HISTORY OF CLEVELAND, 1796-1890 -- KENNEDY Pg. 303 (Footnote)

The census of 1840 gives the population of Cuyahoga County as 25,542, divided as follows: Cleveland, 7,307; Mayfield, 852; Orange 1,114; Solon, 774; Euclid, 1,774; Warrensville, 1,085; Bedford, 2,021; Newburg, 1,342; Independence, 754; Brecksville, 1,124; Brooklyn, 1,409; Parma, 965; Royalton, 1,051; Rockport, 1,151; Middleburgh, 339; Strongsville, 1,151; Dover, 960; Olmstead, 659.


STORY OF LAKEWOOD -- E.G. Lindstrom Pg. 49 - 52

The turn of the century brought an invention destined to entirely alter the complexion of American life. At about the time Lakewood had grown big enough to be a village (May 4, 1903), the horseless carriage was outgrowing its novelty.

There was a good deal of resentment toward those chugging, horse-scaring contraptions. When a man up in Detroit named Henry Ford predicted that some day the automobile would put old Dobbin off the road, there were many snickers.

No one dreamed that in less than twenty years one could speed silently, swiftly and more less safely, from Lakewood to Cleveland's Public Square in twenty minutes. That miracle depended not only upon the perfection of the first crude vehicle but upon the perfection of the equally crude roads.

The transformation for Lakewood was only a part of the transformation for the whole country. The automobile ushered in an industrial Renaissance which lured farm boys to the city, concentrated the population into great urban centers and at the same time spread those metropolitan areas beyond limits never thought possible before.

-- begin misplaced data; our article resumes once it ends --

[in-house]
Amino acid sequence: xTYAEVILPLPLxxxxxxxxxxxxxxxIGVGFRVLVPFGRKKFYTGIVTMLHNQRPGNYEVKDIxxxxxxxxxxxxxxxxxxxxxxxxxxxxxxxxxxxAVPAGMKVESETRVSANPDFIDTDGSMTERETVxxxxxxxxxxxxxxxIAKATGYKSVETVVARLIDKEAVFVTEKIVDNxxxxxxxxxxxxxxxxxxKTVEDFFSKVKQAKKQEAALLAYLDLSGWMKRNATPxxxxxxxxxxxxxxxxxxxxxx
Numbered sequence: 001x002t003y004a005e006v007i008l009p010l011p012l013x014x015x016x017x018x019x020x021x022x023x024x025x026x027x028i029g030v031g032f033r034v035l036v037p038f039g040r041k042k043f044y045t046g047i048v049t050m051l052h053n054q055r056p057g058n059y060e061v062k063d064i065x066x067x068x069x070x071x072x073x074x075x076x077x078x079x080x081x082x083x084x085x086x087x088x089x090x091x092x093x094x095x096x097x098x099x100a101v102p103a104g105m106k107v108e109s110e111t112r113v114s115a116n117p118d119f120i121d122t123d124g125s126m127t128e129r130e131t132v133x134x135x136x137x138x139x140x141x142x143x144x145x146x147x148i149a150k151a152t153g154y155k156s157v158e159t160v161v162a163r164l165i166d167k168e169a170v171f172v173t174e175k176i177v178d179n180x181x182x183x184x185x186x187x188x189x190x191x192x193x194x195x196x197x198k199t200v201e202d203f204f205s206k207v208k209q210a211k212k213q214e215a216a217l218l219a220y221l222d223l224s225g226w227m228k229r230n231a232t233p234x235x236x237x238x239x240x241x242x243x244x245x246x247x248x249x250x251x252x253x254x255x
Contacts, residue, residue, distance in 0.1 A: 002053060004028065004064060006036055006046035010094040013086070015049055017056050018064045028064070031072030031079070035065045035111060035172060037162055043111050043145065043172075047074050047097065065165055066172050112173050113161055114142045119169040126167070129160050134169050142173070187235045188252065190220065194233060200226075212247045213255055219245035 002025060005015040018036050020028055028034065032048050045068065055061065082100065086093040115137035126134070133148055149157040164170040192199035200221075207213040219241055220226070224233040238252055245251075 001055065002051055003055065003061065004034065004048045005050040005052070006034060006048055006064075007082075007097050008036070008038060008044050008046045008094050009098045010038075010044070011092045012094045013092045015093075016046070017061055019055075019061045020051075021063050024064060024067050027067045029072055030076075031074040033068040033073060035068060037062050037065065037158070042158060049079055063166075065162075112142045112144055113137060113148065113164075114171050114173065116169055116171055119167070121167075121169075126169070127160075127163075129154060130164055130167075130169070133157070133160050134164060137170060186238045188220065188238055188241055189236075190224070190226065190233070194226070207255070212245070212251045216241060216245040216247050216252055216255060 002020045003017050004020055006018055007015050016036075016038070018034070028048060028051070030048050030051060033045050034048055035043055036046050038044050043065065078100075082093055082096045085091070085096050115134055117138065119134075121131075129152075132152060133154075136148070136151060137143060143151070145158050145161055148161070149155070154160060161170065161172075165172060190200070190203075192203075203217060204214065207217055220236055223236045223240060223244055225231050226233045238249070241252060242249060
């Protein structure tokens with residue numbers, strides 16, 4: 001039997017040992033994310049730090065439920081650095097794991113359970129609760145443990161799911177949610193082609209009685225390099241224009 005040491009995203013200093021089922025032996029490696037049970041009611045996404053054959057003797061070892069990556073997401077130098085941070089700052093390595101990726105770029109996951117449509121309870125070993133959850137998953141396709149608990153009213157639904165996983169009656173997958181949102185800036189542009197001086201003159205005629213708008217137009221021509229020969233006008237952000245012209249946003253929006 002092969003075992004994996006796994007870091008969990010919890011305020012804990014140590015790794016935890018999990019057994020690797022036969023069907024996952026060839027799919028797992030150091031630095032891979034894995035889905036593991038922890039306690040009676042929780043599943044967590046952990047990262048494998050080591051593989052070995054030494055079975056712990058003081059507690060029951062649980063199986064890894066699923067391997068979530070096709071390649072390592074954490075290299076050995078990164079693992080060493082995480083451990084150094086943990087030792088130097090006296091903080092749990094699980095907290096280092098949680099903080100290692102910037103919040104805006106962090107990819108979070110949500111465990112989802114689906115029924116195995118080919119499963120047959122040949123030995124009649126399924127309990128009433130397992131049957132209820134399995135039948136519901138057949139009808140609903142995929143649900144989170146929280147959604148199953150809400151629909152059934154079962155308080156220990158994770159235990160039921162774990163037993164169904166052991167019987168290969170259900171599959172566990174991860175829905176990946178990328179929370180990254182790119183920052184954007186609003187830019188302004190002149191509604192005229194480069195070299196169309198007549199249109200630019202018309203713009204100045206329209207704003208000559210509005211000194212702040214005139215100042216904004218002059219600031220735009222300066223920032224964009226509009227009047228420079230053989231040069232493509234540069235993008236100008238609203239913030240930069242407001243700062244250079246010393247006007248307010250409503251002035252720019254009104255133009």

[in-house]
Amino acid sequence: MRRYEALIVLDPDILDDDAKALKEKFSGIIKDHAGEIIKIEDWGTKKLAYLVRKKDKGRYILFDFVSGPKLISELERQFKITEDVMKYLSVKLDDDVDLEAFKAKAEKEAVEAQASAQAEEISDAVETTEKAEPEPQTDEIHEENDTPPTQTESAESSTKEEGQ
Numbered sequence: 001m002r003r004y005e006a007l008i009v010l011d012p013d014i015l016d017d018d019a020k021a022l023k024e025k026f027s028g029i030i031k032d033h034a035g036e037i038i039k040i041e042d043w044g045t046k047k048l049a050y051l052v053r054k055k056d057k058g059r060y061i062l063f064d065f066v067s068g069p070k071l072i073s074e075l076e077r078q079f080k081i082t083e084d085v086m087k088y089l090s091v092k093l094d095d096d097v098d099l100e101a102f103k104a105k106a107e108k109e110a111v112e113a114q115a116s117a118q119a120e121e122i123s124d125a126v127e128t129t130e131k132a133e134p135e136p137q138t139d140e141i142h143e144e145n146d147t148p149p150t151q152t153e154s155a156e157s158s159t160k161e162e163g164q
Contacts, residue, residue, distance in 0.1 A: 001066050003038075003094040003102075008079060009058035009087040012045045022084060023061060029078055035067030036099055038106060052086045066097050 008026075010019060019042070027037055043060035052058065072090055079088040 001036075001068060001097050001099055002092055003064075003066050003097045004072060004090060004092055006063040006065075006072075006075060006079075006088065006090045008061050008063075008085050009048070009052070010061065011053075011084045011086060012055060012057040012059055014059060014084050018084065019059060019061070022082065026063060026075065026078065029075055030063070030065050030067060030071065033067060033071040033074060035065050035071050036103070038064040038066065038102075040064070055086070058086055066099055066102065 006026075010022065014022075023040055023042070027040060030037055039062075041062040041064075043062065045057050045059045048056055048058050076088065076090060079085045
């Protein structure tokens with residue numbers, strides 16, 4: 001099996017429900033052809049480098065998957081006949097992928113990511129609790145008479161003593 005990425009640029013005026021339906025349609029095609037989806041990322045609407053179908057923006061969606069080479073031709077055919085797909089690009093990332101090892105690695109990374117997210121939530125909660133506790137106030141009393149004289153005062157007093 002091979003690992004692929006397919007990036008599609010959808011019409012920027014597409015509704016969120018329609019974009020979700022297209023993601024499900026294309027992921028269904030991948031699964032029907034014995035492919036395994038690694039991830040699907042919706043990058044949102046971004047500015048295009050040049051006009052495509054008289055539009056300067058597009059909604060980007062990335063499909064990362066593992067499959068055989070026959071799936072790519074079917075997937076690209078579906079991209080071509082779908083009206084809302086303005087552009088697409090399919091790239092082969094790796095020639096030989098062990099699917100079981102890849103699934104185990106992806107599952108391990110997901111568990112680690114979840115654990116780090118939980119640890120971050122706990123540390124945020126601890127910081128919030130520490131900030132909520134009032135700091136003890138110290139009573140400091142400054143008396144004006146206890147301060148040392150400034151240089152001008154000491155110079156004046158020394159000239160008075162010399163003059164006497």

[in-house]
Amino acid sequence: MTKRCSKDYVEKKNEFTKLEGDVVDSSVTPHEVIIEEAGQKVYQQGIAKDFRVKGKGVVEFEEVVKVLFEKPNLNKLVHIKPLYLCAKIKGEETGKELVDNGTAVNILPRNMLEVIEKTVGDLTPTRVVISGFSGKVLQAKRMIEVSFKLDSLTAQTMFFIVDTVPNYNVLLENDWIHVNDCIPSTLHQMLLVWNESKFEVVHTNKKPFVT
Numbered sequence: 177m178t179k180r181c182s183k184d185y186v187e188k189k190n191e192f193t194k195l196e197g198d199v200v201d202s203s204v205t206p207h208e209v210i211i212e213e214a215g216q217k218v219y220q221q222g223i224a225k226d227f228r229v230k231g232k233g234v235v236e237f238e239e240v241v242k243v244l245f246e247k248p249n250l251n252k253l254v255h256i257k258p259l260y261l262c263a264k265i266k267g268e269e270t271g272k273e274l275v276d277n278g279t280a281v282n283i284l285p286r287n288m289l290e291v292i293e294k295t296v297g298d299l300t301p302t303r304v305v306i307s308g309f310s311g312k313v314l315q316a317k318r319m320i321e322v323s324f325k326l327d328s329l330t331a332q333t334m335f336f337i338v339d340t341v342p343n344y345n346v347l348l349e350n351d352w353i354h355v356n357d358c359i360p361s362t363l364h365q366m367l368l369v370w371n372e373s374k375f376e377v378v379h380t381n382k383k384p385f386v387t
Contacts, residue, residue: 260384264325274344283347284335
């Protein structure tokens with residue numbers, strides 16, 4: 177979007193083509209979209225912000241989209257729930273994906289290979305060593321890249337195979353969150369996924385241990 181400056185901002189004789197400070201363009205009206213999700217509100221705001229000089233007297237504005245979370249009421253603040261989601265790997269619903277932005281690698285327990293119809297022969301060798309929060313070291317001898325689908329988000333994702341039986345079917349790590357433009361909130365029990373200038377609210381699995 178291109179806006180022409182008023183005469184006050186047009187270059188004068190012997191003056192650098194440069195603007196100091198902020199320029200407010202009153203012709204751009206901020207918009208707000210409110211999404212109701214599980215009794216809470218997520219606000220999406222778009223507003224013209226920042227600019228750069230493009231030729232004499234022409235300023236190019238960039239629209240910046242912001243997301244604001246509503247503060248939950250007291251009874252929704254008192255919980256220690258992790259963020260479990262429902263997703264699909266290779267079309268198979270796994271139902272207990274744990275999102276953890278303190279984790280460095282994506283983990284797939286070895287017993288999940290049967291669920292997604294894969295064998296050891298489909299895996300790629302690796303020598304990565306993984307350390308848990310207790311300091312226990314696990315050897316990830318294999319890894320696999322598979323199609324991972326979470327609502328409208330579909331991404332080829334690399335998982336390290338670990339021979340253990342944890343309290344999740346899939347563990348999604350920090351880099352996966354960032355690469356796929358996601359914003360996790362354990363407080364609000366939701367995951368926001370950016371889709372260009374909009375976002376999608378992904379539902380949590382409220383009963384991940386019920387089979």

Cleveland jumped into the fascinating rich new business of putting America on wheels. Her bursting population overflowed into all the outlaying districts. Men found that they could work in the city and live in the country ten miles away.

The little town of Lakewood, stretching along the lake shore on the west, was particularly attractive. A stampede began. Land values soared. The orchards and vineyards which once upon a time flourished beneath the summer sun, now gradually disappeared.

Land became too valuable for farming. Real estate operators bought up whole farms, cut them up into lots and sold the lots for more than the farms used to bring. Land which had sold for $30 an acre in 1850 and $100 in 1890 leaped as high as $2,500 an acre.

The population almost quintupled between 1900 and 1910, rising from 3,355 to 14,181. But for the automobile no such development would have been possible. The horseless carriage, laughed at and sneered at less than ten years before, had changed men's lives whether they willed it or not. Lakewood, instead of becoming a sleepy little farm town, an entity in itself, became a suburb of great city.

In 1911 the village was incorporated as a city, and still the population bounded upwards. When one remembers that it took 65 years after the Nicholsons and Wagars came for the populations to reach 400, the district's growth is really astonishing. Here is the record.

1885 ---------- 400

1900 ---------- 3,355